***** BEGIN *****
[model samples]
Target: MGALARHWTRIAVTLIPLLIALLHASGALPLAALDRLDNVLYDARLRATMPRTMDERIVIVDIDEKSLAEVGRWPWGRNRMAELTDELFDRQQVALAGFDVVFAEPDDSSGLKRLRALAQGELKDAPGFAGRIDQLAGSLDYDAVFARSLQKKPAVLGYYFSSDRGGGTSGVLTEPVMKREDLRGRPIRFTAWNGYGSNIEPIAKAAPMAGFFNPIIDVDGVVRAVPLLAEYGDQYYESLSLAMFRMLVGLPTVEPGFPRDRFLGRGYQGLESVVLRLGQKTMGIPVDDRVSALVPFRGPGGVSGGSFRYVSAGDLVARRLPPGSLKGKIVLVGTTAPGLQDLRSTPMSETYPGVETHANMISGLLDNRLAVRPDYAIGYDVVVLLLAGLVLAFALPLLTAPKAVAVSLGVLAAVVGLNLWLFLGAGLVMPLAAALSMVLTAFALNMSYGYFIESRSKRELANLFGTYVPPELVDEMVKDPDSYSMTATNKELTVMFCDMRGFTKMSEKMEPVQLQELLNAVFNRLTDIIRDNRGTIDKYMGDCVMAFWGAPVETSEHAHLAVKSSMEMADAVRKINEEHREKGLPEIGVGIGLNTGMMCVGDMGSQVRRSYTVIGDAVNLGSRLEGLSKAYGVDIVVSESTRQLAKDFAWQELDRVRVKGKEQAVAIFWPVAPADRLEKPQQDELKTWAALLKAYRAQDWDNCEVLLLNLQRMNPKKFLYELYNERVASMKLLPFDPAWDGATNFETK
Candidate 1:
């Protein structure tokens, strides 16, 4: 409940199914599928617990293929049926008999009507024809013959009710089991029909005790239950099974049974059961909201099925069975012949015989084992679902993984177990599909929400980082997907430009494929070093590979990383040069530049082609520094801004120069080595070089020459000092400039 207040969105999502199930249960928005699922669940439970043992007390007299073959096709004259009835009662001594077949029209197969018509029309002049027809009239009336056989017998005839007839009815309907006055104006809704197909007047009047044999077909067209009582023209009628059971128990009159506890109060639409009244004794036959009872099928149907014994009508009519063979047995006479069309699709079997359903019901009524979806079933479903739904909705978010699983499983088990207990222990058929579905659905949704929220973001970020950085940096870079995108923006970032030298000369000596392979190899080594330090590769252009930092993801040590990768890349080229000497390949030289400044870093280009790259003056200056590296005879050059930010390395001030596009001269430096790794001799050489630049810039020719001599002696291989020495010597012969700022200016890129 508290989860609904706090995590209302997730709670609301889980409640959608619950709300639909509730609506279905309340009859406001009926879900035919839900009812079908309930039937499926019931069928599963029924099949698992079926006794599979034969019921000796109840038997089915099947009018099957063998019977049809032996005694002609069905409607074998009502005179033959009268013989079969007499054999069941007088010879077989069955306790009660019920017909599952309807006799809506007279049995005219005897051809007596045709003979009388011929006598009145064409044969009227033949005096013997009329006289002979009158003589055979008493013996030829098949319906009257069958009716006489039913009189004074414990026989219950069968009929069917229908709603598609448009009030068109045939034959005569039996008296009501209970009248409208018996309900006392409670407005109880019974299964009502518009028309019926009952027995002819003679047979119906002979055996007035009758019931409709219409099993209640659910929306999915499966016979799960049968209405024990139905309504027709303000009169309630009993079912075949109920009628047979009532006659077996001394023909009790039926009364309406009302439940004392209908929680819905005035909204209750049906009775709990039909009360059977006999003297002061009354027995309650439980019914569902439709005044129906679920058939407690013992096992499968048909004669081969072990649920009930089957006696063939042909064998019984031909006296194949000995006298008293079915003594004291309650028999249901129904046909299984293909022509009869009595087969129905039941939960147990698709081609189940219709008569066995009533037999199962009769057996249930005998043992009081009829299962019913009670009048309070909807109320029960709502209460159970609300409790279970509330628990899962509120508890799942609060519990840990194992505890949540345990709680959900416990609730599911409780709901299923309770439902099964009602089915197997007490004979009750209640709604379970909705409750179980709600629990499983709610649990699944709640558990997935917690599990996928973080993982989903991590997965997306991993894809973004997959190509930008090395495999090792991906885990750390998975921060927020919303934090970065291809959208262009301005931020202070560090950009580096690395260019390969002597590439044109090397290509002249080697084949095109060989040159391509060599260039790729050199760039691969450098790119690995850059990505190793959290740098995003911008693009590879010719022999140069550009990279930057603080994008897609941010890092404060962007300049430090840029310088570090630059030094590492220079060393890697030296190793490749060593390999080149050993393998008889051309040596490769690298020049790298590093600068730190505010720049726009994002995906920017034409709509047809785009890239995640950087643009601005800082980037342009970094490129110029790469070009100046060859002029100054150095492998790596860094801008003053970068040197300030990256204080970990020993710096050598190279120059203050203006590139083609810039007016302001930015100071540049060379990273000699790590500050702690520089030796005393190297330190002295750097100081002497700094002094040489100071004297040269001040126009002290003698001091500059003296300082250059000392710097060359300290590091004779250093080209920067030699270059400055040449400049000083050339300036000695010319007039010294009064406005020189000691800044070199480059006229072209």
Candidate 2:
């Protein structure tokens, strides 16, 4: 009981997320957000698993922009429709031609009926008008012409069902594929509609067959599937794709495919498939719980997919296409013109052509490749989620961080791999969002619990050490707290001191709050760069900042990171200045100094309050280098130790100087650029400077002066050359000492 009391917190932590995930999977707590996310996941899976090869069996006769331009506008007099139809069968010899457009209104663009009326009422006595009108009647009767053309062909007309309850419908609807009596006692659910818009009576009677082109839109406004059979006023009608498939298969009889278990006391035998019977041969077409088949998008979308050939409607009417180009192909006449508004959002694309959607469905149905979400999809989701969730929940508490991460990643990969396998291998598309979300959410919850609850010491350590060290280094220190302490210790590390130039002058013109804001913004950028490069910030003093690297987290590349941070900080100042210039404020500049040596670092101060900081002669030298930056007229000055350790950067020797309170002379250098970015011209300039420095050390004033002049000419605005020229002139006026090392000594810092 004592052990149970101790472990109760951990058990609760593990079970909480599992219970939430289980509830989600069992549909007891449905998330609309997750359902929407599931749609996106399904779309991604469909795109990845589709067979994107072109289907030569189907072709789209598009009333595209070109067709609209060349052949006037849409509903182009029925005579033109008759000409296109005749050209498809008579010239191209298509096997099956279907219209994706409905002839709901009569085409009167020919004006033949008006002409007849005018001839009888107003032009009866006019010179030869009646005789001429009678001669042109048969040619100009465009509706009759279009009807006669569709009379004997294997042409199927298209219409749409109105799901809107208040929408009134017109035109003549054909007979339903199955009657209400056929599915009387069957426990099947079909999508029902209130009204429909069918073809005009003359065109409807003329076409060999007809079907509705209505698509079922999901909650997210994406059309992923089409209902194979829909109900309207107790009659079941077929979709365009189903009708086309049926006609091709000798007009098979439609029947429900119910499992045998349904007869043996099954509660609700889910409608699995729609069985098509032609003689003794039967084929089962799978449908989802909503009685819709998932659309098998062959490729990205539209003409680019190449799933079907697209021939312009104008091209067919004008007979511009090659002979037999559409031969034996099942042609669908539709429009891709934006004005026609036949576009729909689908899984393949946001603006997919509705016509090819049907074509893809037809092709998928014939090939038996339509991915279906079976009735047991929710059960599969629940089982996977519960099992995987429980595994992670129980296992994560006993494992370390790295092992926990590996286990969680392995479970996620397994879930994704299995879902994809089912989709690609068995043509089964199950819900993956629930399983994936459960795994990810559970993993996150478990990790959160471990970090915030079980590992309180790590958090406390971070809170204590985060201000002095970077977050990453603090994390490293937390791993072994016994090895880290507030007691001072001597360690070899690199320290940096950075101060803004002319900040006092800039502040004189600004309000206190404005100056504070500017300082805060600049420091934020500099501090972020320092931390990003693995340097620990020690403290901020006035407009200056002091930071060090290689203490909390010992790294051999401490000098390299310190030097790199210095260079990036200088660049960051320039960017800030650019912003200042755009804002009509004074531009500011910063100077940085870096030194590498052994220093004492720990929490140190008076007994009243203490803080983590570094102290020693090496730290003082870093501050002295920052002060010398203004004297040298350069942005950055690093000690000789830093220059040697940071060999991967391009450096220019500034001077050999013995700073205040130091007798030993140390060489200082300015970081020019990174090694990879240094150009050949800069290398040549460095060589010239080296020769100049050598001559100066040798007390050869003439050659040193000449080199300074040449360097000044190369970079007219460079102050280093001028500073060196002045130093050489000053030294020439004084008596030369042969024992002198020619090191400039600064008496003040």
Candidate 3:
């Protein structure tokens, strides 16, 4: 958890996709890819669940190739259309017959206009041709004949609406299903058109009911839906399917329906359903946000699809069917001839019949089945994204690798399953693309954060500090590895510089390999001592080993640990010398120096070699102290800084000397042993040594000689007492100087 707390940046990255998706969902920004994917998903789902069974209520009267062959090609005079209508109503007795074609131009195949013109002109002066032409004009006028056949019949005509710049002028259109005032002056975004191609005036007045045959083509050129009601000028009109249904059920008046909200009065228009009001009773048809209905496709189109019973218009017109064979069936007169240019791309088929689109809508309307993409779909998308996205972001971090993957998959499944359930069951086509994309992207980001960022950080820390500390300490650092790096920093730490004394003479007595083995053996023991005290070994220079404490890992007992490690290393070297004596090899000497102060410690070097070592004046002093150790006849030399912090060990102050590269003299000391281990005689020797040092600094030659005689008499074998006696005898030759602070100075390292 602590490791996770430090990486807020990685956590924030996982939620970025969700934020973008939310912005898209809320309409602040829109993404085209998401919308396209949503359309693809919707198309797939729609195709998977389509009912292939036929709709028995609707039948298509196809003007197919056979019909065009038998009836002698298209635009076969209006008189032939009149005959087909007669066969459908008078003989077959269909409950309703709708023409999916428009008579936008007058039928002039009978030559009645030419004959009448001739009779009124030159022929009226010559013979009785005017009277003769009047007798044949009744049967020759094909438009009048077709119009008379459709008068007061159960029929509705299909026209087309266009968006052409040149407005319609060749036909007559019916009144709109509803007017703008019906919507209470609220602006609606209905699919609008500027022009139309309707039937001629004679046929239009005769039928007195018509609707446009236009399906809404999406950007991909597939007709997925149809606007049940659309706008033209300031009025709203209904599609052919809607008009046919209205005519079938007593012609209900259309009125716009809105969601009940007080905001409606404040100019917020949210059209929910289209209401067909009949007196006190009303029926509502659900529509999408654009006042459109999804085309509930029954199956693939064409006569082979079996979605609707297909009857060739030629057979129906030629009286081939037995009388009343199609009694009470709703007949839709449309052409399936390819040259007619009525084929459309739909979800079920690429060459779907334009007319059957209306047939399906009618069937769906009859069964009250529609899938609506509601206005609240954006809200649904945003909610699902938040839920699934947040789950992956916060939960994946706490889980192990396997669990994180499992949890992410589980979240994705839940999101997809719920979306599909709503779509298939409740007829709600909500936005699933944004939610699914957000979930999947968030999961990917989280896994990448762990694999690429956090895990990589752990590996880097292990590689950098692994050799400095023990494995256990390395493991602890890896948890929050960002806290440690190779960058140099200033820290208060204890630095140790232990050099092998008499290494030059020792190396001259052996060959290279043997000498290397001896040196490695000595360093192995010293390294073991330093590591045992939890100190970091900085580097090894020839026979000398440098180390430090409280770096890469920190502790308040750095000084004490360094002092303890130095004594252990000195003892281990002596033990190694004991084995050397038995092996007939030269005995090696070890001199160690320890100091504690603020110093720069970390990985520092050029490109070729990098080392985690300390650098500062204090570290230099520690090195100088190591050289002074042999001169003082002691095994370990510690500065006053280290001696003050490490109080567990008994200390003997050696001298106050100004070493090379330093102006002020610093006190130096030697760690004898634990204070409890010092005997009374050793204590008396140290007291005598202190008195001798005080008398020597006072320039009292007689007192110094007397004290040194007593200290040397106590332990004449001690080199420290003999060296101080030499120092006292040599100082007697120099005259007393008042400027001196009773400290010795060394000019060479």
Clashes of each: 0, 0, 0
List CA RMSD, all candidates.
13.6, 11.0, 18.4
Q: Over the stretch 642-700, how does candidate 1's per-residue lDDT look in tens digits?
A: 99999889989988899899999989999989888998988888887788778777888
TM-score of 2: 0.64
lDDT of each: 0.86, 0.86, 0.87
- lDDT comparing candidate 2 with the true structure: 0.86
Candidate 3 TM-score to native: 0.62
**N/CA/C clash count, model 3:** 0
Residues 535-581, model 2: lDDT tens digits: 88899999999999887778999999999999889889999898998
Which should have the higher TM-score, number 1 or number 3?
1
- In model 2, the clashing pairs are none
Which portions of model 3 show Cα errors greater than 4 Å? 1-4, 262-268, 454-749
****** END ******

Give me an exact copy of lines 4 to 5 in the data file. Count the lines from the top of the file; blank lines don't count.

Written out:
């Protein structure tokens, strides 16, 4: 409940199914599928617990293929049926008999009507024809013959009710089991029909005790239950099974049974059961909201099925069975012949015989084992679902993984177990599909929400980082997907430009494929070093590979990383040069530049082609520094801004120069080595070089020459000092400039 207040969105999502199930249960928005699922669940439970043992007390007299073959096709004259009835009662001594077949029209197969018509029309002049027809009239009336056989017998005839007839009815309907006055104006809704197909007047009047044999077909067209009582023209009628059971128990009159506890109060639409009244004794036959009872099928149907014994009508009519063979047995006479069309699709079997359903019901009524979806079933479903739904909705978010699983499983088990207990222990058929579905659905949704929220973001970020950085940096870079995108923006970032030298000369000596392979190899080594330090590769252009930092993801040590990768890349080229000497390949030289400044870093280009790259003056200056590296005879050059930010390395001030596009001269430096790794001799050489630049810039020719001599002696291989020495010597012969700022200016890129 508290989860609904706090995590209302997730709670609301889980409640959608619950709300639909509730609506279905309340009859406001009926879900035919839900009812079908309930039937499926019931069928599963029924099949698992079926006794599979034969019921000796109840038997089915099947009018099957063998019977049809032996005694002609069905409607074998009502005179033959009268013989079969007499054999069941007088010879077989069955306790009660019920017909599952309807006799809506007279049995005219005897051809007596045709003979009388011929006598009145064409044969009227033949005096013997009329006289002979009158003589055979008493013996030829098949319906009257069958009716006489039913009189004074414990026989219950069968009929069917229908709603598609448009009030068109045939034959005569039996008296009501209970009248409208018996309900006392409670407005109880019974299964009502518009028309019926009952027995002819003679047979119906002979055996007035009758019931409709219409099993209640659910929306999915499966016979799960049968209405024990139905309504027709303000009169309630009993079912075949109920009628047979009532006659077996001394023909009790039926009364309406009302439940004392209908929680819905005035909204209750049906009775709990039909009360059977006999003297002061009354027995309650439980019914569902439709005044129906679920058939407690013992096992499968048909004669081969072990649920009930089957006696063939042909064998019984031909006296194949000995006298008293079915003594004291309650028999249901129904046909299984293909022509009869009595087969129905039941939960147990698709081609189940219709008569066995009533037999199962009769057996249930005998043992009081009829299962019913009670009048309070909807109320029960709502209460159970609300409790279970509330628990899962509120508890799942609060519990840990194992505890949540345990709680959900416990609730599911409780709901299923309770439902099964009602089915197997007490004979009750209640709604379970909705409750179980709600629990499983709610649990699944709640558990997935917690599990996928973080993982989903991590997965997306991993894809973004997959190509930008090395495999090792991906885990750390998975921060927020919303934090970065291809959208262009301005931020202070560090950009580096690395260019390969002597590439044109090397290509002249080697084949095109060989040159391509060599260039790729050199760039691969450098790119690995850059990505190793959290740098995003911008693009590879010719022999140069550009990279930057603080994008897609941010890092404060962007300049430090840029310088570090630059030094590492220079060393890697030296190793490749060593390999080149050993393998008889051309040596490769690298020049790298590093600068730190505010720049726009994002995906920017034409709509047809785009890239995640950087643009601005800082980037342009970094490129110029790469070009100046060859002029100054150095492998790596860094801008003053970068040197300030990256204080970990020993710096050598190279120059203050203006590139083609810039007016302001930015100071540049060379990273000699790590500050702690520089030796005393190297330190002295750097100081002497700094002094040489100071004297040269001040126009002290003698001091500059003296300082250059000392710097060359300290590091004779250093080209920067030699270059400055040449400049000083050339300036000695010319007039010294009064406005020189000691800044070199480059006229072209």
Candidate 2: